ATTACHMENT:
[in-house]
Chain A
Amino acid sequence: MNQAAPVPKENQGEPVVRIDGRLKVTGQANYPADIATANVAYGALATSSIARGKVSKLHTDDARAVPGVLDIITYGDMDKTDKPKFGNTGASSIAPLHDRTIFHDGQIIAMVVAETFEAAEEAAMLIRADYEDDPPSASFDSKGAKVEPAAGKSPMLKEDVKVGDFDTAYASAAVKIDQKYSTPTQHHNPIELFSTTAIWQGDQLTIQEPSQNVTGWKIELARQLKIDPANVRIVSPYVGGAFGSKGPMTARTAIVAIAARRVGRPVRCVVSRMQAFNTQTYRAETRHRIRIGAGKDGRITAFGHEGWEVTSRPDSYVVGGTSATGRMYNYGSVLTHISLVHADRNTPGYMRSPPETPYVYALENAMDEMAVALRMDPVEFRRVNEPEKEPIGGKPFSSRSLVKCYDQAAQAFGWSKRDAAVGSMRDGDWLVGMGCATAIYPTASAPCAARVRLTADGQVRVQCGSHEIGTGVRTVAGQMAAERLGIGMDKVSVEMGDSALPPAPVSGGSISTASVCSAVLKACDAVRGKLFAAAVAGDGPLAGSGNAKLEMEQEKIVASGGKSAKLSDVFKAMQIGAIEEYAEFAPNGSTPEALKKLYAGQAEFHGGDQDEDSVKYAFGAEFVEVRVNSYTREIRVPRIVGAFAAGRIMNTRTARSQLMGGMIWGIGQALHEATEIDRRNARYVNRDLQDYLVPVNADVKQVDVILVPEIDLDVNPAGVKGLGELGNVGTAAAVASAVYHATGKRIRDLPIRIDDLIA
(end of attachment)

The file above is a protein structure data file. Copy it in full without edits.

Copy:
[in-house]
Chain A
Amino acid sequence: MNQAAPVPKENQGEPVVRIDGRLKVTGQANYPADIATANVAYGALATSSIARGKVSKLHTDDARAVPGVLDIITYGDMDKTDKPKFGNTGASSIAPLHDRTIFHDGQIIAMVVAETFEAAEEAAMLIRADYEDDPPSASFDSKGAKVEPAAGKSPMLKEDVKVGDFDTAYASAAVKIDQKYSTPTQHHNPIELFSTTAIWQGDQLTIQEPSQNVTGWKIELARQLKIDPANVRIVSPYVGGAFGSKGPMTARTAIVAIAARRVGRPVRCVVSRMQAFNTQTYRAETRHRIRIGAGKDGRITAFGHEGWEVTSRPDSYVVGGTSATGRMYNYGSVLTHISLVHADRNTPGYMRSPPETPYVYALENAMDEMAVALRMDPVEFRRVNEPEKEPIGGKPFSSRSLVKCYDQAAQAFGWSKRDAAVGSMRDGDWLVGMGCATAIYPTASAPCAARVRLTADGQVRVQCGSHEIGTGVRTVAGQMAAERLGIGMDKVSVEMGDSALPPAPVSGGSISTASVCSAVLKACDAVRGKLFAAAVAGDGPLAGSGNAKLEMEQEKIVASGGKSAKLSDVFKAMQIGAIEEYAEFAPNGSTPEALKKLYAGQAEFHGGDQDEDSVKYAFGAEFVEVRVNSYTREIRVPRIVGAFAAGRIMNTRTARSQLMGGMIWGIGQALHEATEIDRRNARYVNRDLQDYLVPVNADVKQVDVILVPEIDLDVNPAGVKGLGELGNVGTAAAVASAVYHATGKRIRDLPIRIDDLIA